People who know me know that ballet is just one of my passions. Another is storm chasing. People who know me know that reality TV is one of my aversions. And now, people who like ballet and storm chasing know why reality TV is one of my aversions.
For those reading in countries other than the U.S., here’s the deal: in recent years, the Discovery Channel ran a series called Storm Chasers, which was about the trials and tribulations of three teams of chasers in the U.S. It started out okay, but gradually disintegrated into being about interpersonal squabbles, flashy storm-chasing gear, and finally someone’s girlfriend. Actually they tried to put two pretty girls into the show; one lasted a few episodes and the other barely 5 minutes. Actual storm-chasing women — and there are some — were not acknowledged. I’m guessing this is because few of them are Hollywood-pretty enough.
Yes, they tried to sugar-coat it all as “science” and “saving lives,” but the trash kept rising to the surface. Finally the show got canceled late last year.
But the damage was done. Real-life chasers are now dealing with unprecedented “chaser convergence” at every storm; the roads are filled with naive newbies looking for fame and getting in the way instead. And threats to the lives of chasers who were not on Storm Chasers have been a real and frightening addition to the hazards chasers already face on the road. How did that happen? Well, you see, the TV-drugged newbies are convinced that any chaser who was not featured on the show must be in the way of any chaser who was, and the death penalty seems like an apt punishment to some of these idiots.
And now there is a ballet reality show, Breaking Pointe. Thankfully this cannot lead to a legion of fake dancers seeking fame and soap opera, but it doesn’t do ballet much good anyway.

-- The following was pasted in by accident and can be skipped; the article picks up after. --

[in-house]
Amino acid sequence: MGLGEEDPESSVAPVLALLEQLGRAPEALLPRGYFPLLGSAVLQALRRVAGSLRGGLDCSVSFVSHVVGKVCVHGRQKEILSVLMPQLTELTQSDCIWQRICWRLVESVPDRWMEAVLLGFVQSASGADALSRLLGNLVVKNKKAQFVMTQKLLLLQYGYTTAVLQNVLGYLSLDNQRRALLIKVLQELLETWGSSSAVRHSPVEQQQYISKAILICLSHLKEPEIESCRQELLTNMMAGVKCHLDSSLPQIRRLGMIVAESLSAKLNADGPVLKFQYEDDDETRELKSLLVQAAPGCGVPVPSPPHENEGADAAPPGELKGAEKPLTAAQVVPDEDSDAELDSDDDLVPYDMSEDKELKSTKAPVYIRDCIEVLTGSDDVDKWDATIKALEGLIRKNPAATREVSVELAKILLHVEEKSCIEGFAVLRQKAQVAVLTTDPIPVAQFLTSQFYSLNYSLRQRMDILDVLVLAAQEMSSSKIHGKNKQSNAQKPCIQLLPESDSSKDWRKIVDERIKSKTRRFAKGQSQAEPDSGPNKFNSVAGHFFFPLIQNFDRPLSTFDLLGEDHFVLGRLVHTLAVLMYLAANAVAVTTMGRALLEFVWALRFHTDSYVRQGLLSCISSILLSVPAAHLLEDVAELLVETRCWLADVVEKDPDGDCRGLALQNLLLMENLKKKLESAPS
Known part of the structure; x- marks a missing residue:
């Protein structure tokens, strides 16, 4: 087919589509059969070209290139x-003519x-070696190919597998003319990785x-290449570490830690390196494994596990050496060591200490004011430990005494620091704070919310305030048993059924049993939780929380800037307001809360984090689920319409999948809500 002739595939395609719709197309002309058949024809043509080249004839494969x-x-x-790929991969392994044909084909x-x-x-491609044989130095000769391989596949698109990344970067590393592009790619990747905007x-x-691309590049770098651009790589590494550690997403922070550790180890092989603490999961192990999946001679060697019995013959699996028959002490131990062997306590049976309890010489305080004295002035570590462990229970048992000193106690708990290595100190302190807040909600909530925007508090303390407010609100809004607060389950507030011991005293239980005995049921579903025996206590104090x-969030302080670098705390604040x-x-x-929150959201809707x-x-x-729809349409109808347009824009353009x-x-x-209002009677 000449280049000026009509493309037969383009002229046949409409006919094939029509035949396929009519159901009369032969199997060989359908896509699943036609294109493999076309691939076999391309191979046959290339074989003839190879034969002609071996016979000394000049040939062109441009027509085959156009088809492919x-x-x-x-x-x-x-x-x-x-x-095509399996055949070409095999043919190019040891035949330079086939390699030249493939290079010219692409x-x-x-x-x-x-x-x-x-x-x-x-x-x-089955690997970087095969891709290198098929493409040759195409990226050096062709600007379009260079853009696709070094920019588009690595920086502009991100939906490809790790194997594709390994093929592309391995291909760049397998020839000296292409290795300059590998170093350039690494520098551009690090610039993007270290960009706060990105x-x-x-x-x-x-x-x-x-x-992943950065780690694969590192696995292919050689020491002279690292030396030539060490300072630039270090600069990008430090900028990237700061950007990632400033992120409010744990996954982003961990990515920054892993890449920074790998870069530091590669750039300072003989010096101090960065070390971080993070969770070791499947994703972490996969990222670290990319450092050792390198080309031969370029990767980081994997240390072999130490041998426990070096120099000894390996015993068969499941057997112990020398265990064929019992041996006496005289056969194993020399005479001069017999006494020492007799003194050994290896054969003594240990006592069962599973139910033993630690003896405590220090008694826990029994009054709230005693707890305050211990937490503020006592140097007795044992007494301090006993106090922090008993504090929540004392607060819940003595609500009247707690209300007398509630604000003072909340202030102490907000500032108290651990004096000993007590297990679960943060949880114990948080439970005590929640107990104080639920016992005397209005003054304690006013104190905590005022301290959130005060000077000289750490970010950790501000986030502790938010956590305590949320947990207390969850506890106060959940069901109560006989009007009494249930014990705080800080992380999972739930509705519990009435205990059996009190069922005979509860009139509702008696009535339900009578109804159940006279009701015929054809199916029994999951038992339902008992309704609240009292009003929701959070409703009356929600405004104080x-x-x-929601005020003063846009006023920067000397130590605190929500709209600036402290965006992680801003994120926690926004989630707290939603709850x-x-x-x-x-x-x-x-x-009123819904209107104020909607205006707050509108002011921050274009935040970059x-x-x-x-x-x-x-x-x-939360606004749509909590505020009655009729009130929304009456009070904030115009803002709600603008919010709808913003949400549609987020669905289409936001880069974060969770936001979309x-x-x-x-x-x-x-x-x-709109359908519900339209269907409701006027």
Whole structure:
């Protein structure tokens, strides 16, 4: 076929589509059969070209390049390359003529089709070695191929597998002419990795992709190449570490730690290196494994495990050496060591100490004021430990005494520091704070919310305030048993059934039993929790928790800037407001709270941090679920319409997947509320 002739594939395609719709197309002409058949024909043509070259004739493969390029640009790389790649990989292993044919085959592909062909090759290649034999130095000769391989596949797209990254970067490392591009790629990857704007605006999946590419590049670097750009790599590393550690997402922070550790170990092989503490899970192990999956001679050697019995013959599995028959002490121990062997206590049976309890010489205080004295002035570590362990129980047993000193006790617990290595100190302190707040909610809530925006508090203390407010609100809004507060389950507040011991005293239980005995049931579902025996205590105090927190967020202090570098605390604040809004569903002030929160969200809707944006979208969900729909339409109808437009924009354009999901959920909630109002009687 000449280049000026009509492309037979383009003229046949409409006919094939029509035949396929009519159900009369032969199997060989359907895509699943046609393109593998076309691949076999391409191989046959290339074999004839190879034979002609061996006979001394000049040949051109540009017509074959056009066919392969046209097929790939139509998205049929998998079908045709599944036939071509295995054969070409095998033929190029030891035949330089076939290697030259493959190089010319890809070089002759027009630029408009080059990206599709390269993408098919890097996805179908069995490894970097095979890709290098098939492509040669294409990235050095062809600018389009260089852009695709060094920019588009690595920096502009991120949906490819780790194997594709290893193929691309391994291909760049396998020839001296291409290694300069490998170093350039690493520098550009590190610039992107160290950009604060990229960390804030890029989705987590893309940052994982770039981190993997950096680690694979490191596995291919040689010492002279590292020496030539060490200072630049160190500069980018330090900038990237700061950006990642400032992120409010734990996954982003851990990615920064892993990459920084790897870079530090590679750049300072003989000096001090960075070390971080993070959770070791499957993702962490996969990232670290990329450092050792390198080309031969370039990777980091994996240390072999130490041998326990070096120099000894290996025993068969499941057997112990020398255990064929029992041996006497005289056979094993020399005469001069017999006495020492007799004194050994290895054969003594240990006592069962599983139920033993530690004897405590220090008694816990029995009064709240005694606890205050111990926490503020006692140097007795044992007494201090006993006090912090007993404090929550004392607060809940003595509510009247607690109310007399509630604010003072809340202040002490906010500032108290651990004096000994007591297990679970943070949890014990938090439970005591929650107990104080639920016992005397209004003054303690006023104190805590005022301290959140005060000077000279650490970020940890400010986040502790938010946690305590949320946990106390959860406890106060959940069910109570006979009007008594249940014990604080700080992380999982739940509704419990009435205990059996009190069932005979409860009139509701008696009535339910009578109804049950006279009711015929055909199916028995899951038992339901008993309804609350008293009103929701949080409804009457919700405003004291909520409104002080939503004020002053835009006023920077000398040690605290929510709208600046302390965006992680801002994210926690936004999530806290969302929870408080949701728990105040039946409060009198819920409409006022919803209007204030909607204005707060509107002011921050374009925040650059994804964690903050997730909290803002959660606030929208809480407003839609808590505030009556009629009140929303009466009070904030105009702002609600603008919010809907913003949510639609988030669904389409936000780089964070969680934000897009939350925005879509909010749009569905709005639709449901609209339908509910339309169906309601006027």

What’s it about? Allegedly it’s Ballet West, a Utah-based company that has been around for decades and has a strong reputation. It is not one of the great companies of the world, but considering its size (the company is tiny; only about 35 dancers), and some of the teachers it manages to attract, it’s an excellent regional company — sort of a pint-sized version of the San Francisco Ballet.
But now CW TV is trashing it by concentrating not on the dancing, but on every bland soap-opera thread they can manage to inject. The end result is that the show is more about boyfriends and girlfriends breaking up and then kissing and making up than with anything interesting, or anything that has the slightest thing to do with ballet. Yes, professional problems are somewhat addressed, but not with any understanding of the subject. They are all washed over with the same damp cloth. It’s like, OOOOO, Suzie is upset with the conductor’s tempo! And 3 seconds later: Okay, let’s move on to
Mary Suzie (reader pointed out it’s the same girl) and Michael’s romance! And that part drags on for 15 minutes or more before it (of course) ends with tears.
One gets the impression that the producers of this show neither know nor care much about ballet, which was precisely the same problem with Storm Chasers, where the producers would probably have looked for tornadoes in Antarctica** if no one had told them that tornadoes are far more likely in Oklahoma. But then they got the idea that there is a strictly-defined “storm chasing season” which makes or breaks a storm chaser’s entire year….oh well. Let’s just summarize by saying that the show was a stupid mess, as is Breaking Pointe.
If you want to see a good show about the lives of dancers, get hold of a copy of the documentary Ballerina and watch that. It’s gritty, and it focuses on the dancing. This is what I was expecting from Breaking Pointe, but did not get.
In short, don’t bother with Breaking Pointe. Just keep your fingers crossed that it doesn’t ultimately destroy Ballet West.
** click on this link: TORNADOES for more information on how many tornadoes there are in Antarctica